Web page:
FAQ: How do you do it?

Day two of the seven day Problogger challenge has arrived, and the theme is answering a frequently asked question. Now, because I’m such a random and inconsistent blogger, I haven’t got a large group of followers, comments, and certainly no frequently asked questions. So I’ve decided for today’s challenge, I’ll answer the question I get asked most often in real life. It’s phrased many different ways, but essentially comes down to: how do you do it?

How do I manage to juggle 4 children, including one kid that is autistic, and a set of twins? How do I manage to study full-time, train for long distance running events, and work around a shift-working partner who also runs long distances, and remain calm and optimistic. How do I manage extracurricular activities, and still get the kids to bed at a reasonable hour?

To preface, I’m not currently studying, but I am job hunting. Up until last month, I was studying full-time, and had been since the beginning of 2012 (except for 10 months in 2013/14 when I took a break due to the twins being born). I’m going to answer the question based on how I managed life while I was studying.

The older two kids are at school, and the twins are in day care full-time, so it’s not like I’m trying to do everything with young children under my feet. I’m hoping to be employed in the very near future, so the boys are staying in day care so that they don’t lose their spots when I do start working. Also, running our family is a family affair, everyone helps out in keeping things ticking over, even the almost three-year olds.

The key to managing my family’s life and commitments essentially boils down to planning, organisation and communication.

At the start of each semester, I would program in my study time – which units I would study on each day, and at what times, assignment writing, and contact hours. I would book my gym/running into this schedule as well, and include travel time and showering. I managed to largely stick to this schedule, although at exam time, study time increased and fitness time took a dive.

I menu plan. Every Sunday, I plan our meals for the upcoming week. I factor in the kids’ sports, or any other activities we may have that week. I write a shopping list, and do my shopping on Monday mornings after my gym session, and after all the kids have been dropped off. If I have an appointment on Monday morning’s, I’ll order my groceries on-line, and choose the ‘click and collect’ option. I start preparing and cooking dinner at the same time each day (unless it’s a slow cooker meal), and the big kids do their homework during this time, before we head off to pick up the littlest boys.

While having twins is hard work – the caring required is much more than with a singleton – the boys are at an age where they generally play really well together, and with their older siblings. I can generally rely on all four kids to play with, and look after each other while I hang washing, or finish off dinner.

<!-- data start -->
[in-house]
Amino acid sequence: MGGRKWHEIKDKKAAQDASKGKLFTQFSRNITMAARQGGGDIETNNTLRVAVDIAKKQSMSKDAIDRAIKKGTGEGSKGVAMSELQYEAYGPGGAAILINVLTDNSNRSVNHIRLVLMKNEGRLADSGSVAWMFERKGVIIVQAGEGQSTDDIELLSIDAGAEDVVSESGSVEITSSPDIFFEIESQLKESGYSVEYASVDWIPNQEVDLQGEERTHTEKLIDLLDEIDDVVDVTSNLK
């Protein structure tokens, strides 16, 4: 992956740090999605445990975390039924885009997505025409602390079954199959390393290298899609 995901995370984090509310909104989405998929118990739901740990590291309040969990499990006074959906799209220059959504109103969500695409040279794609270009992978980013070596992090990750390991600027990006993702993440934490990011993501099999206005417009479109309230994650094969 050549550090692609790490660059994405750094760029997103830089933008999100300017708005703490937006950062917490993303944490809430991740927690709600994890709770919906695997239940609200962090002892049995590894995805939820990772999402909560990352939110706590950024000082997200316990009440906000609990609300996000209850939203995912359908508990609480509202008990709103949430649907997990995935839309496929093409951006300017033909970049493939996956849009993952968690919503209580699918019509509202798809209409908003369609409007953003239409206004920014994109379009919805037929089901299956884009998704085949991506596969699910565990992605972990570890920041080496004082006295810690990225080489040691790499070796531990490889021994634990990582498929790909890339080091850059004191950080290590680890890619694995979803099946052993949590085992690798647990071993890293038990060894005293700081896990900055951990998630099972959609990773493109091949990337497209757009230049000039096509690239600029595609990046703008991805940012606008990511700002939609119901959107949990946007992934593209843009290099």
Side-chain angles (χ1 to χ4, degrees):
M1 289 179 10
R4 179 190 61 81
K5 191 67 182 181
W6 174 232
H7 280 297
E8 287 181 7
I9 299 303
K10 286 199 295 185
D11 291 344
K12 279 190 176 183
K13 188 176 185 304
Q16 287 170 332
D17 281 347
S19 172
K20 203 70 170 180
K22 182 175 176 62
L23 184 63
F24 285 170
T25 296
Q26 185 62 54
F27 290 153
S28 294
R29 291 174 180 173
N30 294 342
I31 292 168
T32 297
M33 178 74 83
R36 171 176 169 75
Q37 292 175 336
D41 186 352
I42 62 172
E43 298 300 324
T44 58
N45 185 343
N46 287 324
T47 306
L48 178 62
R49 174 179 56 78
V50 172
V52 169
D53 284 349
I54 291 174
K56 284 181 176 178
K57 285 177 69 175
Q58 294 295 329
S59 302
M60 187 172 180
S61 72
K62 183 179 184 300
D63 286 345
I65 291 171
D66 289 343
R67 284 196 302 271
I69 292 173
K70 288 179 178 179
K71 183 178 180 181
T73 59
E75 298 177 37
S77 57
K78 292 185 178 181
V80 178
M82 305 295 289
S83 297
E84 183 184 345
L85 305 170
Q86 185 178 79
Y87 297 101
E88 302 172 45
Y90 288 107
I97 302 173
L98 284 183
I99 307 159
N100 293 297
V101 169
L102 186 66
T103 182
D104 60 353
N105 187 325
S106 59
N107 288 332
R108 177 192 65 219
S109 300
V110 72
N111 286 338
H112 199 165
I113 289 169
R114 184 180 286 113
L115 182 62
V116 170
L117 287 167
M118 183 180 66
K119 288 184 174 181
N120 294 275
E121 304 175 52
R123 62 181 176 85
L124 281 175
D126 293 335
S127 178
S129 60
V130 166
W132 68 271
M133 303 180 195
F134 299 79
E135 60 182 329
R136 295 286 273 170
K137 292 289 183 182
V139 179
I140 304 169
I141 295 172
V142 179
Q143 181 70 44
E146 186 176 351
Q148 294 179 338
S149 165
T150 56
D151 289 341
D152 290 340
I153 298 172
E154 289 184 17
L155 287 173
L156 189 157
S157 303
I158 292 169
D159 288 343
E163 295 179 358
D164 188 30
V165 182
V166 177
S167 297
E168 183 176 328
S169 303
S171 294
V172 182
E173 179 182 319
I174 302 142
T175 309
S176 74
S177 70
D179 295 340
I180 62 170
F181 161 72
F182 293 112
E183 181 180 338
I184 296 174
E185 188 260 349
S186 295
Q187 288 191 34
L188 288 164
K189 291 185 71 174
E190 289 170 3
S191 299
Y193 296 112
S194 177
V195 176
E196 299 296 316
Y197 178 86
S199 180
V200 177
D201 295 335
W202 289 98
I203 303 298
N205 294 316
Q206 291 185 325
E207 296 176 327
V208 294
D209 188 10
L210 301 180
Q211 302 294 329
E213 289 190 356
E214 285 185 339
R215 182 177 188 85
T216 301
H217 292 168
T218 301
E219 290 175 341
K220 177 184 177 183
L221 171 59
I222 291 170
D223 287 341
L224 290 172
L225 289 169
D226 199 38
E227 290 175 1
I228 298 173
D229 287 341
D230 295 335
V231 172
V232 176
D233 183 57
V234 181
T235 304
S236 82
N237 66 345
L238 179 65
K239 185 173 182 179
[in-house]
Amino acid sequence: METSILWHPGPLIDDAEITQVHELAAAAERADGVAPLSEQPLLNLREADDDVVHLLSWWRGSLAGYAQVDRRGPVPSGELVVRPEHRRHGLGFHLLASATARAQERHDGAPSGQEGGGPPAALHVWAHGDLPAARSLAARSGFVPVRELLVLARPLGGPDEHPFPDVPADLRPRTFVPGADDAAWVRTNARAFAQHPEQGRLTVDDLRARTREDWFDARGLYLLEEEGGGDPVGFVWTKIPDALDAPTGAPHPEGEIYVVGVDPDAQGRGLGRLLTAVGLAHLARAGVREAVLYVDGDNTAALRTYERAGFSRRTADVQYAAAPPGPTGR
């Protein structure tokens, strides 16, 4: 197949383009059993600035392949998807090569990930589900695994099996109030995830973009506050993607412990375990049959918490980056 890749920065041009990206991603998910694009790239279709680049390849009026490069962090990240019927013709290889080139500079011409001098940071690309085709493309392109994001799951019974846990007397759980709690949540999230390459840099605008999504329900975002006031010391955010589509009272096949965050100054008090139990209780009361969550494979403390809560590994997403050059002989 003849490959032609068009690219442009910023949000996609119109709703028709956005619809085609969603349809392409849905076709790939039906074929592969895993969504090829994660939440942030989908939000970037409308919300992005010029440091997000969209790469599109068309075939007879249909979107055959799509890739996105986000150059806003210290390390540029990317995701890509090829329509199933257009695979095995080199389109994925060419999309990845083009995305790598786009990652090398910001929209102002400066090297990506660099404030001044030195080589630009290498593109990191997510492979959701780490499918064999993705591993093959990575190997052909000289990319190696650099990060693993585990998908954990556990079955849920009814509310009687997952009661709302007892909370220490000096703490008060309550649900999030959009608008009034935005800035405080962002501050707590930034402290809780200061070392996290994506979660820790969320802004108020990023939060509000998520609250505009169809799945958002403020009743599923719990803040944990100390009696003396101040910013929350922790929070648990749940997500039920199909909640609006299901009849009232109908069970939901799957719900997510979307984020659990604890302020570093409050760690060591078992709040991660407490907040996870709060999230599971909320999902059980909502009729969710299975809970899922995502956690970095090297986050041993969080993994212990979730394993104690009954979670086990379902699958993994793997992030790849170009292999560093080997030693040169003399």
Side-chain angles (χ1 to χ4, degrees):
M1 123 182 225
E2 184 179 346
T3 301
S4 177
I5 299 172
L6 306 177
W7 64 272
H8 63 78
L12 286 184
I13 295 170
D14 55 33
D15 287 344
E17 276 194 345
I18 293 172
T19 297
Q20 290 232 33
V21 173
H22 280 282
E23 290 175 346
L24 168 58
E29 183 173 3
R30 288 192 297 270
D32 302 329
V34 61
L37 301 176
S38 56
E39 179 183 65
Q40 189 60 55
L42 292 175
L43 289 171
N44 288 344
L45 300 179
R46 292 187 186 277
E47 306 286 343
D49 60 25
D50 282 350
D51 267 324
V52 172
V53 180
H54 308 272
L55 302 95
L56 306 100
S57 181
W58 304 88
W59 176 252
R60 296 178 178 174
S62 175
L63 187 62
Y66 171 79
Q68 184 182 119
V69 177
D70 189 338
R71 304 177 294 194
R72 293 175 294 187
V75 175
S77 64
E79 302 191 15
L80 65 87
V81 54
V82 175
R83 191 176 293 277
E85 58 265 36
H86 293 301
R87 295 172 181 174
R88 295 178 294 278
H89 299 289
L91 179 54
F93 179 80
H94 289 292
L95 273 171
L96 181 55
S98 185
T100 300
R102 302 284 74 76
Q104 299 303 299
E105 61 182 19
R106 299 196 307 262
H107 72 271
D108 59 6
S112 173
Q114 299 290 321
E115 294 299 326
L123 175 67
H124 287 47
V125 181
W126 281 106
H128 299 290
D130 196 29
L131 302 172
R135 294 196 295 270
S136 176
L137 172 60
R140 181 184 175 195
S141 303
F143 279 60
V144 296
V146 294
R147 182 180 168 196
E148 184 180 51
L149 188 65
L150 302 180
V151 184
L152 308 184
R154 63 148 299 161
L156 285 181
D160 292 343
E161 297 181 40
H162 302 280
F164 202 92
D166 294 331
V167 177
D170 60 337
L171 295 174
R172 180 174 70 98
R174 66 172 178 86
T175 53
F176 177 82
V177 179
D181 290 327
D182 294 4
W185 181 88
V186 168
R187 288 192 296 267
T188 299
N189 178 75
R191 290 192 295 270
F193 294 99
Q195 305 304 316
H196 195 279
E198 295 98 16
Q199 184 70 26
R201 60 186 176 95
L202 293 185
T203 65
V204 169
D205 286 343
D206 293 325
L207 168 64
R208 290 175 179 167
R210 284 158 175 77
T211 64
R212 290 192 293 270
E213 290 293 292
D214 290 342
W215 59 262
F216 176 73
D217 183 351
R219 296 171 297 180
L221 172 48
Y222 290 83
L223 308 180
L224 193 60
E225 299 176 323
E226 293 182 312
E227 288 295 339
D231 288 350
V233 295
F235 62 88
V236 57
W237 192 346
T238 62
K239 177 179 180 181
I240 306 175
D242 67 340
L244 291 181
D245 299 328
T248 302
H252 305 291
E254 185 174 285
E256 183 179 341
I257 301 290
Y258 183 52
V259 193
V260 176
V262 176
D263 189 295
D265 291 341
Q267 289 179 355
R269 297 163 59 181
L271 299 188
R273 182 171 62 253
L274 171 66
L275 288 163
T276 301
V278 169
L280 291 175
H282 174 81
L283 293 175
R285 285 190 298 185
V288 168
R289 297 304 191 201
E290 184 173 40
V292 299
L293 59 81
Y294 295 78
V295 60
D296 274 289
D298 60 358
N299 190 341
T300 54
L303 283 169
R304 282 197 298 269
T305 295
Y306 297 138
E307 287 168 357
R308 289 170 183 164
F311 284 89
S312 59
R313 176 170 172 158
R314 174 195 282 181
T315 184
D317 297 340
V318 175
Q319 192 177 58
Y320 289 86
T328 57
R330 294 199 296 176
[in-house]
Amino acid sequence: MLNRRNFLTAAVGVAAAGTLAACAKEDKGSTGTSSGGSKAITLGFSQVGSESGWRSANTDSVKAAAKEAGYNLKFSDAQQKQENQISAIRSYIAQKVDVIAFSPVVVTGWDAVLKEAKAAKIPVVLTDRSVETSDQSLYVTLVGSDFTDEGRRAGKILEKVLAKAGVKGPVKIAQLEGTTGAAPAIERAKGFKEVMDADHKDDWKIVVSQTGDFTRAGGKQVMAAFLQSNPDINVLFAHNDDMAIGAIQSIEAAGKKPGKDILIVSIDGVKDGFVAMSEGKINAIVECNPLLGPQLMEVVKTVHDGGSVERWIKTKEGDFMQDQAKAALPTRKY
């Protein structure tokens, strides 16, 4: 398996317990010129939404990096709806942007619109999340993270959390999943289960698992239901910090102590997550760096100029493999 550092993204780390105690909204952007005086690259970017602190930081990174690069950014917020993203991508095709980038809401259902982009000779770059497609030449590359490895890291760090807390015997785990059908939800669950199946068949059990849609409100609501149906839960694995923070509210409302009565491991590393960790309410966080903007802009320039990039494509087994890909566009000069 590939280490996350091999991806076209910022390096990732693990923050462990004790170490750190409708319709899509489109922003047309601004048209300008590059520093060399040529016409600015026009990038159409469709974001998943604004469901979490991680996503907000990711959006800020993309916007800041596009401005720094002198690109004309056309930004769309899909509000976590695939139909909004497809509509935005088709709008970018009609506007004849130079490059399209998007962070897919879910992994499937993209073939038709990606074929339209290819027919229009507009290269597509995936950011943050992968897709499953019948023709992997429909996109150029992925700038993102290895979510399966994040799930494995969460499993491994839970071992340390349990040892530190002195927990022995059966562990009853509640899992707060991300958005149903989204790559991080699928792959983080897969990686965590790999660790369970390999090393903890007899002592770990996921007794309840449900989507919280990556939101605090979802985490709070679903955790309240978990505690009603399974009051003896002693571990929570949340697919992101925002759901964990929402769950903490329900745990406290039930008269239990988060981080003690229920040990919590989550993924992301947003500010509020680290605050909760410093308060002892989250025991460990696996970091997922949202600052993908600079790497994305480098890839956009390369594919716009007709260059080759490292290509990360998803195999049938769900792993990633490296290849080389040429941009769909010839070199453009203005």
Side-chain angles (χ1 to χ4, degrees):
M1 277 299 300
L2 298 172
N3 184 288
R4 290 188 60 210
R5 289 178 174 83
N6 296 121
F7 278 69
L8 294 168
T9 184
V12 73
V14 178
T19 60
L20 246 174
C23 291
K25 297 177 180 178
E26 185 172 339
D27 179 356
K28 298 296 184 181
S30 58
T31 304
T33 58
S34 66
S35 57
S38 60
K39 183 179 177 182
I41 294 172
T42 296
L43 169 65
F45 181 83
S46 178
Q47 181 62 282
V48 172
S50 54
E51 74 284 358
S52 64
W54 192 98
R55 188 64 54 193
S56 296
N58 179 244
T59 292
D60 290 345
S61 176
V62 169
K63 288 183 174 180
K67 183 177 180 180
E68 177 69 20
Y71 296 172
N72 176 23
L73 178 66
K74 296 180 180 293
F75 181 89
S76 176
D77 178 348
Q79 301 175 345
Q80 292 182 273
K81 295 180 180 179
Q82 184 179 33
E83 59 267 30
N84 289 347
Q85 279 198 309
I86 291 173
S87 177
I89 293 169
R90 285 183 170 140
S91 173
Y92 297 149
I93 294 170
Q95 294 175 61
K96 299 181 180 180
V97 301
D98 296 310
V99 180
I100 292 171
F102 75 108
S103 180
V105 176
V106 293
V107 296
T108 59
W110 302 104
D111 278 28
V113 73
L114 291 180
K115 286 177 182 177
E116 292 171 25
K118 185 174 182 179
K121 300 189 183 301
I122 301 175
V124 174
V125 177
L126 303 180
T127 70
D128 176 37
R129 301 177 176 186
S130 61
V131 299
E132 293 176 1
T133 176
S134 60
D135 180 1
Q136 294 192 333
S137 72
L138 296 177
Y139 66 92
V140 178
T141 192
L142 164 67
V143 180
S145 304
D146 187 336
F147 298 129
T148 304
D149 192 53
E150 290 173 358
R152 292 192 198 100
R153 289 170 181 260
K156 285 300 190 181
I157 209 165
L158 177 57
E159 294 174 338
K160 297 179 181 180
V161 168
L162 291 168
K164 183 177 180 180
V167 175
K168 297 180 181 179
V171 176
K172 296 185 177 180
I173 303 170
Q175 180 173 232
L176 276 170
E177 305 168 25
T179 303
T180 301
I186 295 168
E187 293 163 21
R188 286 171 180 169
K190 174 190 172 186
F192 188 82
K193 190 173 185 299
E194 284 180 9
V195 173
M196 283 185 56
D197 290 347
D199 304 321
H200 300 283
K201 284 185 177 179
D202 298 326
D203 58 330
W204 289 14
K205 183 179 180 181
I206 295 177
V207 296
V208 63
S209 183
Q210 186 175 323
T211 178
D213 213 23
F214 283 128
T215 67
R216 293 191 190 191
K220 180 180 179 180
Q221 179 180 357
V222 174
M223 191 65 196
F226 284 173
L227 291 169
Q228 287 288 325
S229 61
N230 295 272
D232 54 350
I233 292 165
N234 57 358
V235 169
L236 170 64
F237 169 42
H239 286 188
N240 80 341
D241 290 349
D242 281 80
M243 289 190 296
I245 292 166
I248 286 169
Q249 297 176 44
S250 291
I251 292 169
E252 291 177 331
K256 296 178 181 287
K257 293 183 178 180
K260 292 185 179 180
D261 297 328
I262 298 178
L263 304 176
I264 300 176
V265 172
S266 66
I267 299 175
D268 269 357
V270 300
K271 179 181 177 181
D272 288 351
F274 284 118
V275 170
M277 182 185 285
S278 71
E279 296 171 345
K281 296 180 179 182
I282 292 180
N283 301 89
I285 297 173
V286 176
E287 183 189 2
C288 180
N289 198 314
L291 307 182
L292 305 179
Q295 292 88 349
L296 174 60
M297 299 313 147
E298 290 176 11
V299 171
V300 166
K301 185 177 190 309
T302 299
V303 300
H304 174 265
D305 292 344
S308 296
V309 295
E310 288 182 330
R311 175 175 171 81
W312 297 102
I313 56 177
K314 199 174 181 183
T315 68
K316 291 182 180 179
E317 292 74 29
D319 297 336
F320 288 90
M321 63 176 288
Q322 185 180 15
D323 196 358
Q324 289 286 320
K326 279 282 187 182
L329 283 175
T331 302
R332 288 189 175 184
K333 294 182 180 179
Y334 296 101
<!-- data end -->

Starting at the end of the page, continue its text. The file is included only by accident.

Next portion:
Extracurricular activities are either on weekend mornings, or if they are after school, they don’t finish later than 5.30pm. At the moment, we have football (soccer) training on a weekday from 4.30-5.30pm. I drop Master 9 at training, spend 20 minutes doing homework with Miss 7 in the car, collect the twins from day care, pick up Master 9, and then we either have take away for dinner, a slow cooker meal, leftovers, or something that is super quick and easy to prepare like cheesy pasta and baked beans. The kids skip their baths and showers this night so that they are all in bed by 7.30/8pm.

For both my husband and I, our weekend long runs are scheduled around Saturday morning dancing, and Sunday morning football games. On Saturdays, I take the big kids to dancing, my husband takes the twins to his parents (who then take them to the library for story time), and he goes for a long run. Or he will wait until the boys are back home and having their nap before running. On Sundays, one of us will usually get up early and go for a run, we’ll all then go to Master 9’s football game, and then the other parent will go for a run once we are back home.

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We pretty much stick to the same routine week-in, week-out. Autism means that routine change without decent preparation causes meltdowns and struggling to get to where we need to be. Any change needs as much warning as possible, as much information as possible, and lots of discussion. Autism has been part of our parenting life for so long, that having a routine and being organised is second nature.

Household chores are equally divided up between my husband and I, depending on who is home. We don’t have set jobs, whatever needs to be done just gets done. The non-essential stuff gets done when we have the time and motivation. With 6 of us, our washing machine is pretty much always on during the day. I have to admit, I much prefer washing and hanging out to folding. I’d be lying if I said I did most of the washing folding in our house.

The final thing that is essential to keeping out little (big) family running smoothly, and me not losing my cool on the regular, is coffee. Hot, bulletproof, with double cream and butter, and lots of it. The day doesn’t go anywhere if I haven’t had a large cup of joe.

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Author: Georgia

30-something wife, and mother of four. Student, coffee drinker, chronic hobbyist, eternal day dreamer.

4 thoughts on “FAQ: How do you do it?”

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